“Dendro” in Greek language means tree. The Dendro library is a large scale (262K cores on ORNL’s Titan) distributed memory adaptive octree framework. The main goal of Dendro is to perform large scale multiphysics simulations efficeiently in mordern supercomputers. Dendro consists of efficient parallel data structures and algorithms to perform variational ( finite element) methods and finite difference mthods on 2:1 balanced arbitary adaptive octrees which enables the users to perform simulations raning from black holes (binary black hole mergers) to blood flow in human body, where applications ranging from relativity, astrophysics to biomedical engineering.

You can clone the repository using , `git clone https://github.com/paralab/Dendro-5.01.git`

**Doxygen** documentation can be found here

You need CMake to build dendro. Create a build directory using ‘mkdir build’. Then go into the build directory by ‘cd build’ then execute ‘ccmake ..’ to generate the make files. You can build Dendro-5.0 with several options.

`ALLTOALLV_FIX`

: OFF,Need to turn off`DIM_2`

: OFF, This can be turned on if you need to run Dendro-5.0 in 2D case. default: OFF (Which means it assumes 3D domain)`HILBERT_ORDERING`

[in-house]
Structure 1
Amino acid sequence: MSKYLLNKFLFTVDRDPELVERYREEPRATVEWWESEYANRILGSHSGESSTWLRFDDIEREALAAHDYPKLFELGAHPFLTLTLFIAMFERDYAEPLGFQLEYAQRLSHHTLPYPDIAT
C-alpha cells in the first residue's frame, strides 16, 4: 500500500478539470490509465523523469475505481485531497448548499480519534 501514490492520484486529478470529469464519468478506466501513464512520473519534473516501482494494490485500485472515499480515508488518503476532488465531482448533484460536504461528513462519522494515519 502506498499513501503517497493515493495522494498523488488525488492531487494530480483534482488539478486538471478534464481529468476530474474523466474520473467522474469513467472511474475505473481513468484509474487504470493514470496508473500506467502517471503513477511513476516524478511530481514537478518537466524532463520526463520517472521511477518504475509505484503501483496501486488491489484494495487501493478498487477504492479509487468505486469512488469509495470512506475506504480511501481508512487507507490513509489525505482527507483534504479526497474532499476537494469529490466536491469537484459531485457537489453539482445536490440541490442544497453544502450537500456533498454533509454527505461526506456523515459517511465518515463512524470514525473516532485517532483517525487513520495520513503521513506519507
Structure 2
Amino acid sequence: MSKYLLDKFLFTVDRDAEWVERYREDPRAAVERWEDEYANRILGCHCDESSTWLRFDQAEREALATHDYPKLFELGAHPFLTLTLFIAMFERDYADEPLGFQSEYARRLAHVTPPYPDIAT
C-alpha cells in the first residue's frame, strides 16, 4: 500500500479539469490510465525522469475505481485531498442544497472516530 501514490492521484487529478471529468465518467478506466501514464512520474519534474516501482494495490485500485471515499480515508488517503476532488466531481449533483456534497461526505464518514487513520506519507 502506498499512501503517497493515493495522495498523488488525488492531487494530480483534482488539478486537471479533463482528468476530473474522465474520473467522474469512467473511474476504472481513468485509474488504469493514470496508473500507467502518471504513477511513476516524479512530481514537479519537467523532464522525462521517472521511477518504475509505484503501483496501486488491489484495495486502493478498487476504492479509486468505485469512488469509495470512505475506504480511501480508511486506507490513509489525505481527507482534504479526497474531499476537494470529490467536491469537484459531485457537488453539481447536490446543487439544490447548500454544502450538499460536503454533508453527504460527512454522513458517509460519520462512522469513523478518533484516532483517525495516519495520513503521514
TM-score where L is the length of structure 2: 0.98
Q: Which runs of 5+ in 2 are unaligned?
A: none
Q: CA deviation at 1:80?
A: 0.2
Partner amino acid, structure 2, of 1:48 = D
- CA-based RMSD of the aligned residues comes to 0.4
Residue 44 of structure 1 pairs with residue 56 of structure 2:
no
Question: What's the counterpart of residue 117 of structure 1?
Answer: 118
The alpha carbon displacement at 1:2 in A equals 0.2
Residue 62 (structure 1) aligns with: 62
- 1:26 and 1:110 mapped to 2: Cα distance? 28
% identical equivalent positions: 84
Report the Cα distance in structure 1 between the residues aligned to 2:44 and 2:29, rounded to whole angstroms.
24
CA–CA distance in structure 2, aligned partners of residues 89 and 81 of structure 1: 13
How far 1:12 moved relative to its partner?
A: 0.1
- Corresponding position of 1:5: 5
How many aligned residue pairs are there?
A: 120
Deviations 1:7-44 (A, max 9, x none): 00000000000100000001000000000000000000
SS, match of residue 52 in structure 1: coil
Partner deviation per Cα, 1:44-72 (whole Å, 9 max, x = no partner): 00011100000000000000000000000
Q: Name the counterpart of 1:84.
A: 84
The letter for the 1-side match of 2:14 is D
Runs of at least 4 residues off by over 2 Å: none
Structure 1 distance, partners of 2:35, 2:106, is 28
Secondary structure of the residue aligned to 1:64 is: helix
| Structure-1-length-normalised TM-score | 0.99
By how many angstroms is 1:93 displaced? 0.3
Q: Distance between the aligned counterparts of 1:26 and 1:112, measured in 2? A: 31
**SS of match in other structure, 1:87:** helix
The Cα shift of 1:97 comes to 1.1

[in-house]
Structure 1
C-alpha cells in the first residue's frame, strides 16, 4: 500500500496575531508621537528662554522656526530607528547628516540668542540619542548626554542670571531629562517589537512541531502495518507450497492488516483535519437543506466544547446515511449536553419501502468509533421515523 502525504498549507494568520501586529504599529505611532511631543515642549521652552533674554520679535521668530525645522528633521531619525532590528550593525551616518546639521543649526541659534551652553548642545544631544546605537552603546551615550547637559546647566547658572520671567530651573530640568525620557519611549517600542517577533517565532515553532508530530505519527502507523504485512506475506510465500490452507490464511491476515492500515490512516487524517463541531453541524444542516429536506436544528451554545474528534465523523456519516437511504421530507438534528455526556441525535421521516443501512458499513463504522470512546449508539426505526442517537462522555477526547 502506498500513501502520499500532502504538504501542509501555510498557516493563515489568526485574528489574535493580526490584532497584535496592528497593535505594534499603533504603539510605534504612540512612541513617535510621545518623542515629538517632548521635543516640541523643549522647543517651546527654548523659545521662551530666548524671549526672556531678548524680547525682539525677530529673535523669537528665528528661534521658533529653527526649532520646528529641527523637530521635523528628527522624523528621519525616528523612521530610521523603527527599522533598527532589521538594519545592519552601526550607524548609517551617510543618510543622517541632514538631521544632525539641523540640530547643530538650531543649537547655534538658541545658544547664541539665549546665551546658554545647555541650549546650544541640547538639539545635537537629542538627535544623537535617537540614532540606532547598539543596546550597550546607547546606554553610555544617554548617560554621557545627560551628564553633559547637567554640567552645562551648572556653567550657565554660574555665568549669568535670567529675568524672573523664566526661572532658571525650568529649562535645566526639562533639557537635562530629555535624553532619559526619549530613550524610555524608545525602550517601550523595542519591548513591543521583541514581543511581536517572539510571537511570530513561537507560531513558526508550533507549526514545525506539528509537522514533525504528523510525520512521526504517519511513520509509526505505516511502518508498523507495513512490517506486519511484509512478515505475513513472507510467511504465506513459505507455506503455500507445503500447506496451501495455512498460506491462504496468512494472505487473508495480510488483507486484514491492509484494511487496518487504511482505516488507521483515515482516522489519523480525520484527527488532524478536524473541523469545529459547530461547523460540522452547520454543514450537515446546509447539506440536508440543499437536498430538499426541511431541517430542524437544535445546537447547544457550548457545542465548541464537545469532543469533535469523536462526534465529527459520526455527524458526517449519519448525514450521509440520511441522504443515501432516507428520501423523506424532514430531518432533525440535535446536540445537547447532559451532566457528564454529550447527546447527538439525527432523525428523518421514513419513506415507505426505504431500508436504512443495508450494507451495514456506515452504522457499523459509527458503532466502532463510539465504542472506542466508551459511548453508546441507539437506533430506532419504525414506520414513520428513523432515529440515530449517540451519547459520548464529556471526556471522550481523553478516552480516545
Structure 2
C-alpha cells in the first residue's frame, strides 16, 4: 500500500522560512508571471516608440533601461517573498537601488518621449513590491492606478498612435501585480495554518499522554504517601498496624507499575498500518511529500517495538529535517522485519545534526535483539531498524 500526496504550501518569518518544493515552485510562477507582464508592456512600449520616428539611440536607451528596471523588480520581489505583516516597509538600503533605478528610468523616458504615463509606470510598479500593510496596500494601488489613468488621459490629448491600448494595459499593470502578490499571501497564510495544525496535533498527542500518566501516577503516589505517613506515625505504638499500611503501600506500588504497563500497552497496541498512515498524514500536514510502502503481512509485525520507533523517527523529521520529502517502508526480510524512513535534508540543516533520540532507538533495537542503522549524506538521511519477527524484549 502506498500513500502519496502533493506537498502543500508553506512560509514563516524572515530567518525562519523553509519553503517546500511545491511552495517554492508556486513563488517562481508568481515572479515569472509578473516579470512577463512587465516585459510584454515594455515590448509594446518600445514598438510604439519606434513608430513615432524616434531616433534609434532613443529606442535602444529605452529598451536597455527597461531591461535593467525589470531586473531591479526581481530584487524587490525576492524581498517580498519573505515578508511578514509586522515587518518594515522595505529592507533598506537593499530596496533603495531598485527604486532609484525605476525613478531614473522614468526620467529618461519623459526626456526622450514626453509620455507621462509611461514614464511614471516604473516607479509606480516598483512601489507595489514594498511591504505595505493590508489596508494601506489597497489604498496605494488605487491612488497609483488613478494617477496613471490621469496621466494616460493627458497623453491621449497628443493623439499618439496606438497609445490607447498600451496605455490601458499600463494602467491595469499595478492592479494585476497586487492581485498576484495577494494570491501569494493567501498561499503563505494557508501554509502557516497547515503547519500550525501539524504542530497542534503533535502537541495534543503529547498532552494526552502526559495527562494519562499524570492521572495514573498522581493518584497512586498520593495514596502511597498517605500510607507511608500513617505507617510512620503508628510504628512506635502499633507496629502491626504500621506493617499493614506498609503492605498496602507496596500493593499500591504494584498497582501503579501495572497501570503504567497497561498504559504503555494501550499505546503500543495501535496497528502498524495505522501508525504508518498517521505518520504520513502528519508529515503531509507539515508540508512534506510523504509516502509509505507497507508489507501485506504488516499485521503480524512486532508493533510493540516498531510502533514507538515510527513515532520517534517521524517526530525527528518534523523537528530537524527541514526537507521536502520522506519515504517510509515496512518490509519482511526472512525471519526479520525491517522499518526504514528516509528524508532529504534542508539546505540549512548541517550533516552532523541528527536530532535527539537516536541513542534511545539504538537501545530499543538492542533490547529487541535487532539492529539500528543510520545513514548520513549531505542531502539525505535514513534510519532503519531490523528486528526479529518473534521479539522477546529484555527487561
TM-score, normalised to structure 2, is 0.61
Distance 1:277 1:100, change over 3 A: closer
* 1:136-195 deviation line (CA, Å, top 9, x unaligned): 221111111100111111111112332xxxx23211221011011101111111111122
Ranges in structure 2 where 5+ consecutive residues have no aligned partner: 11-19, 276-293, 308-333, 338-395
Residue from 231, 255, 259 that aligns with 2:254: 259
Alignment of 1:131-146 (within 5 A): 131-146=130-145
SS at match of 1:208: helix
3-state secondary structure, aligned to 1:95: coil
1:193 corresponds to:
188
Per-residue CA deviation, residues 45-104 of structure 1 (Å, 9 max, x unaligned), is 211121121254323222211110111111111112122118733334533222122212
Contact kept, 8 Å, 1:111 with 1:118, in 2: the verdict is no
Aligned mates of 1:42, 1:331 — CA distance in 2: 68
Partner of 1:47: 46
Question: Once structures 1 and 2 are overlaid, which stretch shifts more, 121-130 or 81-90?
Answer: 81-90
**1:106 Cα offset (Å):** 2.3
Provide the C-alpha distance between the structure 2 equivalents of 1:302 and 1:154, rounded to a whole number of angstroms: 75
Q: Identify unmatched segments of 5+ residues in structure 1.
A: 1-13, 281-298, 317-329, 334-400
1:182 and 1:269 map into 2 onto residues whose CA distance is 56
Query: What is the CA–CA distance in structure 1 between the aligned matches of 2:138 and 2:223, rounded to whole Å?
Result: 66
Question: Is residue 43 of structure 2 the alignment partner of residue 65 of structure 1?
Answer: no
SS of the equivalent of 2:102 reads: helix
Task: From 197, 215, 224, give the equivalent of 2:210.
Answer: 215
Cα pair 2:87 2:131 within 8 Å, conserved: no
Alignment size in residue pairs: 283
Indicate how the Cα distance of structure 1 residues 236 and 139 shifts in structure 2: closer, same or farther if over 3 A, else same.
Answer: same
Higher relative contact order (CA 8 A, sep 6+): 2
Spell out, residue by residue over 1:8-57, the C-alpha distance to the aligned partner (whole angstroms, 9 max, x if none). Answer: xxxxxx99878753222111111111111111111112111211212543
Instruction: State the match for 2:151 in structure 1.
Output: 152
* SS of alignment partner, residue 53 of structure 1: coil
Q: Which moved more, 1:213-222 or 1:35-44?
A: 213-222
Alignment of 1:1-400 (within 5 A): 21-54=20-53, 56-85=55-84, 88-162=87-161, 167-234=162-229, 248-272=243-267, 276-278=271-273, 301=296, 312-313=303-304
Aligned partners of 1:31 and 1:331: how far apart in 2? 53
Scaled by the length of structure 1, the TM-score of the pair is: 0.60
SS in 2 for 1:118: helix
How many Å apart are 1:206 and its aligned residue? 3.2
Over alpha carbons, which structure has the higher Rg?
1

:ON, This specify which SFC to use to partition the data. HILBERT_ORDERING: ON means it uses Hilbert curve, otherwise it uses Morton curve for partitioning.`PROFILE_TREE_SORT`

: OFF`NUM_NPES_THRESHOLD`

: square root of P (number of processors)`SPLITTER_SELECTION_FIX`

: ON. This will perform the data exchange in the octree partitioning in stages. This is mandatory when you run dendro in very large scale.

NlSigma folder consists of simple, non lineat wave equation with adaptive mesh refinement (AMR). You can copy the parameter file from `NLSigma/par`

folder and simply run `mpirun -np 8 ./NLSigma/nlsmSolver nlsm.par.json`

, on your lattop to large supercomputer with higher resolution.

You can write the equations in symbolic python which generate the C compute kernel. Look at `nlsm.py`

```
import dendro
from sympy import *